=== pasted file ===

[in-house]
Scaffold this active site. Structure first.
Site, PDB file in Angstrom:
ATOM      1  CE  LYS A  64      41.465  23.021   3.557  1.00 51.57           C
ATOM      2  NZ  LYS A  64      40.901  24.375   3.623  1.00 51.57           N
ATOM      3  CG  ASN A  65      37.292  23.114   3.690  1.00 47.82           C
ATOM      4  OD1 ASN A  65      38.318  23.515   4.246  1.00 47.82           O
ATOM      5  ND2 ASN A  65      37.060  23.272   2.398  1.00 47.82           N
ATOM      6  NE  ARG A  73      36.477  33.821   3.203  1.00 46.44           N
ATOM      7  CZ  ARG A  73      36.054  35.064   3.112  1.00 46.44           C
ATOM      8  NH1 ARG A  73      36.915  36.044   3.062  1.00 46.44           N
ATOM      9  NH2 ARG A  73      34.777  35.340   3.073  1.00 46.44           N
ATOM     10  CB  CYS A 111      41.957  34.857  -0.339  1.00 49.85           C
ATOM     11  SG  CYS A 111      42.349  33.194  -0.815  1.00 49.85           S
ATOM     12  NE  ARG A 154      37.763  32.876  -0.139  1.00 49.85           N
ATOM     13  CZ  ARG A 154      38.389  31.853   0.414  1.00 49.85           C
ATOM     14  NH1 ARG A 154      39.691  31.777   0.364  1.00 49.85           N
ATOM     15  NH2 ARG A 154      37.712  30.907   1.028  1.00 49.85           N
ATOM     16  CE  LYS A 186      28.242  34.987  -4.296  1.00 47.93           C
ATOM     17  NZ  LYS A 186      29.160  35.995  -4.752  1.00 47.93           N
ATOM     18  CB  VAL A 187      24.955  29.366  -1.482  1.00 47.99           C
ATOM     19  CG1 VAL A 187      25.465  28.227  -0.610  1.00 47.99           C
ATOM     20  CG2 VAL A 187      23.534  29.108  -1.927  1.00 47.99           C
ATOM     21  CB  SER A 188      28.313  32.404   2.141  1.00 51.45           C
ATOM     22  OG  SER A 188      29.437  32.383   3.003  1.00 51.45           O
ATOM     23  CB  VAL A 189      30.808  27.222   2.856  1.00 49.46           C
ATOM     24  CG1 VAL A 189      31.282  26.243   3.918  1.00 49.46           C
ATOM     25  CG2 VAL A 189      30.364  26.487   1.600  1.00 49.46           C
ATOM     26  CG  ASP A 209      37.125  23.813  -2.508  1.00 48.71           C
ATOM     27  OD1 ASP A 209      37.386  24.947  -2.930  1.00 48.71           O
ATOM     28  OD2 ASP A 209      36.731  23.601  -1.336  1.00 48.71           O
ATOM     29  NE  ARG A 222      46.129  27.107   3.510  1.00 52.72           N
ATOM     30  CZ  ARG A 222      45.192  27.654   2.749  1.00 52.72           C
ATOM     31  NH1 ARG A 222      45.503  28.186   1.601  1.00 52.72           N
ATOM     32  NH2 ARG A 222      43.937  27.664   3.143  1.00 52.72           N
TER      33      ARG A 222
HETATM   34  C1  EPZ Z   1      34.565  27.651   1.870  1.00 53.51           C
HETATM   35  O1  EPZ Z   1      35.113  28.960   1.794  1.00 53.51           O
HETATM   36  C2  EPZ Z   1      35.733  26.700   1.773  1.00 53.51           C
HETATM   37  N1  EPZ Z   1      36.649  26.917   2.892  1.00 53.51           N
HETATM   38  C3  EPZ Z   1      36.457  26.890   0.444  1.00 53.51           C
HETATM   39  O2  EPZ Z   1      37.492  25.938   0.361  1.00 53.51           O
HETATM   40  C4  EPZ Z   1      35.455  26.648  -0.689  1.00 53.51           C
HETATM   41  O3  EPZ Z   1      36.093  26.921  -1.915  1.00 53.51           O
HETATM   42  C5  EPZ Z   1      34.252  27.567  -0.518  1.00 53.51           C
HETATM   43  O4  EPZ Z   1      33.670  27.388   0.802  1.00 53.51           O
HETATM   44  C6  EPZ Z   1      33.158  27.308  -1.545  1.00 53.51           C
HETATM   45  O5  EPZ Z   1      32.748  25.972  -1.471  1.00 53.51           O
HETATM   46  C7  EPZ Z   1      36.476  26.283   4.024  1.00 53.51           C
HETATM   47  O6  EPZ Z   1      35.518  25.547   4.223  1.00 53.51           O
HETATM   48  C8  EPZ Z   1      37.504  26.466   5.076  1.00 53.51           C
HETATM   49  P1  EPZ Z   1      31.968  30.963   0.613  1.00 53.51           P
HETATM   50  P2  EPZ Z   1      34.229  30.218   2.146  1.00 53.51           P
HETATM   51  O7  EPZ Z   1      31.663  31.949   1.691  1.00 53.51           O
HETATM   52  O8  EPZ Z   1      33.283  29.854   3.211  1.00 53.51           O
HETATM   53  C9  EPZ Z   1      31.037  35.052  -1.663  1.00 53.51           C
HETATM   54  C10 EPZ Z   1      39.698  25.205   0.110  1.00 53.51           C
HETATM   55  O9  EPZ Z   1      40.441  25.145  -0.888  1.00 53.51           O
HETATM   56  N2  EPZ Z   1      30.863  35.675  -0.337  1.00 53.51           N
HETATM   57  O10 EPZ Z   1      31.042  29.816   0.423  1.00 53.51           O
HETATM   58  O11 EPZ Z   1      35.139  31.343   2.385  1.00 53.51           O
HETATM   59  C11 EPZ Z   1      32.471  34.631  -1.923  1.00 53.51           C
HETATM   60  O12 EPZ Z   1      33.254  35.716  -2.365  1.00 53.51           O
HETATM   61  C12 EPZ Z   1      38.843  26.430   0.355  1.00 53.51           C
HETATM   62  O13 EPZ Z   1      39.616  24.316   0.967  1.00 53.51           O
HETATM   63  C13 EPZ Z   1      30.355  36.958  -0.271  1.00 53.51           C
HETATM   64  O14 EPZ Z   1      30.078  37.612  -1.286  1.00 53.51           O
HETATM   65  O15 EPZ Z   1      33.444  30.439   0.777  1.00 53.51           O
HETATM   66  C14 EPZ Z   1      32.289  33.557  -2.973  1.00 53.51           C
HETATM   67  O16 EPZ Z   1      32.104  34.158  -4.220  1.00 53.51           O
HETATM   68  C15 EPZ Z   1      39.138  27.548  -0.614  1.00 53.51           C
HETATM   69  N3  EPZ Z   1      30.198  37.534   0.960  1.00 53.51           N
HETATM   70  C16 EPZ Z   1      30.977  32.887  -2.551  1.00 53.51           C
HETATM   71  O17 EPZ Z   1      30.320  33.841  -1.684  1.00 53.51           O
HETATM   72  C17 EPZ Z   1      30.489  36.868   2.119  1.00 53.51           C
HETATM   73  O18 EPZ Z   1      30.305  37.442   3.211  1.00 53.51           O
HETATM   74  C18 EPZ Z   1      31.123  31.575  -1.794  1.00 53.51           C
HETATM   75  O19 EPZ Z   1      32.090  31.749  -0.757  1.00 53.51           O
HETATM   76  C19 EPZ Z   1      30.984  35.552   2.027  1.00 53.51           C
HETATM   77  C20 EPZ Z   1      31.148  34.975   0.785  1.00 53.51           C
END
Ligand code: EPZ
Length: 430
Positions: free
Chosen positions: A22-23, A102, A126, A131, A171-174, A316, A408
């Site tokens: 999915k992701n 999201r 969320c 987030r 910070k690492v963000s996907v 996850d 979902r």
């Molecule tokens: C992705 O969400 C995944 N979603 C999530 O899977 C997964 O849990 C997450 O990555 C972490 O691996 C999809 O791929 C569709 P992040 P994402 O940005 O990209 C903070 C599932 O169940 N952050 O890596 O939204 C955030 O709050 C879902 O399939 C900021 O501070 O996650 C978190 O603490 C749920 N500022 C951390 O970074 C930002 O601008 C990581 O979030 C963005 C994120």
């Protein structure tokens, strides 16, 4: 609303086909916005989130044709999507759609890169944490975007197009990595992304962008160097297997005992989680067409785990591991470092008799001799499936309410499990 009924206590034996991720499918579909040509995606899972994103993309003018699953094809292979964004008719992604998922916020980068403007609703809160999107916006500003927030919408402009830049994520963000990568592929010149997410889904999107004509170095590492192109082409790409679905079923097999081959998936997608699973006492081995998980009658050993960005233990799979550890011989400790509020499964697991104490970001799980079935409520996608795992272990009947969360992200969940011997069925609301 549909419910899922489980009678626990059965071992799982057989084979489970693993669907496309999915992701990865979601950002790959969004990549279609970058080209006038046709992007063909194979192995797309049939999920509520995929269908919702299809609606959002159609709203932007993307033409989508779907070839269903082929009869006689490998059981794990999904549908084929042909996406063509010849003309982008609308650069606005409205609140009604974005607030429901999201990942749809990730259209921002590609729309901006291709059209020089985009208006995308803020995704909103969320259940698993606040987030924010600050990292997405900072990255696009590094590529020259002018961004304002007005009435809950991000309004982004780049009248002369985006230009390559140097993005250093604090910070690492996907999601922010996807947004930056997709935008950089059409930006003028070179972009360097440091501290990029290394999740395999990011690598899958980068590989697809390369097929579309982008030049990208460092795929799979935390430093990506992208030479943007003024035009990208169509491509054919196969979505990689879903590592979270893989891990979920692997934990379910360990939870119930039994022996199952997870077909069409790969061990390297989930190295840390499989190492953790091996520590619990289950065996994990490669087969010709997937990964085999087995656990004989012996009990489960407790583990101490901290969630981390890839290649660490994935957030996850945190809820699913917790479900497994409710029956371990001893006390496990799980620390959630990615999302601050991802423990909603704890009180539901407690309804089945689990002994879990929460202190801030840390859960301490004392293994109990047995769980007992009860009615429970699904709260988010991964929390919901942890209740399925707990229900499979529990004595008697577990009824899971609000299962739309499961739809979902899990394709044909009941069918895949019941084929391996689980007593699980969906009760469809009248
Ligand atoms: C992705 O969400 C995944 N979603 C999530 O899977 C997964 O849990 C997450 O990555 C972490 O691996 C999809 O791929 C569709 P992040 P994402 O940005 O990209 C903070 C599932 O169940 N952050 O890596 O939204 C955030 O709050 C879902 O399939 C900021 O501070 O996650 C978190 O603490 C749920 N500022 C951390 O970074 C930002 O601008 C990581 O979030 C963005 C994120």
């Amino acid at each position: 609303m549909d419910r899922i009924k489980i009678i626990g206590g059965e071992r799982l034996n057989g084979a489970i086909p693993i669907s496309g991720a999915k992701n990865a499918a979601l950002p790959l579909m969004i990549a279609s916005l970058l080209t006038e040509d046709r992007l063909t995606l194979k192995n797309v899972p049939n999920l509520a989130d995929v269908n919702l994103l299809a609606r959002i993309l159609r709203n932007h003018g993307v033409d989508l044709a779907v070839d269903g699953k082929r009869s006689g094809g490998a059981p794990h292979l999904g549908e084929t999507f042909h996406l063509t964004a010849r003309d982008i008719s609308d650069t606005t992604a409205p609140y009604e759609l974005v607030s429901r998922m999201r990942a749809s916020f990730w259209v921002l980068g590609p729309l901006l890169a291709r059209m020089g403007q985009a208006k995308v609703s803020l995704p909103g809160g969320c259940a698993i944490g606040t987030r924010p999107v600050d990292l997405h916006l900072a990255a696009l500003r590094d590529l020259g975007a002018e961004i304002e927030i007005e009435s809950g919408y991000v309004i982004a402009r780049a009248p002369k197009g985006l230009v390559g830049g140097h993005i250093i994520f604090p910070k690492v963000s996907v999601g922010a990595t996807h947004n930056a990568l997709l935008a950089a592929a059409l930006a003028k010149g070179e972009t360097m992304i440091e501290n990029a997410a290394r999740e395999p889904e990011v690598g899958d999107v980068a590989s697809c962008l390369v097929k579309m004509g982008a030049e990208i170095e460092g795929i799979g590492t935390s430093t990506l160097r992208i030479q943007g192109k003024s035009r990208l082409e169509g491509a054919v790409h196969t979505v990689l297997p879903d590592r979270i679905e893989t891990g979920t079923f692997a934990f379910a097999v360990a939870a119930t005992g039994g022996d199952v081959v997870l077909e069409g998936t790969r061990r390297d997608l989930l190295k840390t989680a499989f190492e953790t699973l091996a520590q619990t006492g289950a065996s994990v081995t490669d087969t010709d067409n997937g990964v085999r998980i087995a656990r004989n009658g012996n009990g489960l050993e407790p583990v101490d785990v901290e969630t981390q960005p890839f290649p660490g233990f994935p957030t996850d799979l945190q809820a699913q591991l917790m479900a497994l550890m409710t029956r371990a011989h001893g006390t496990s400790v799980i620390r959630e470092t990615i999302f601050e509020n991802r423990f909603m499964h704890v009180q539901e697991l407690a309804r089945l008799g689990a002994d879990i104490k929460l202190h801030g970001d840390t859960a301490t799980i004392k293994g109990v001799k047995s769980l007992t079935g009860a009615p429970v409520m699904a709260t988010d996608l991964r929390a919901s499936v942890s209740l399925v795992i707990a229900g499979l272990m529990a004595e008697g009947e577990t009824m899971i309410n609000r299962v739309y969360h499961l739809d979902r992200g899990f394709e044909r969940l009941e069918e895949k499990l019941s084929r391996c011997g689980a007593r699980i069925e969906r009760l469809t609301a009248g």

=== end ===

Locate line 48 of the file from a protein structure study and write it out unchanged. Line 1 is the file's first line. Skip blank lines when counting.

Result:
HETATM   45  O5  EPZ Z   1      32.748  25.972  -1.471  1.00 53.51           O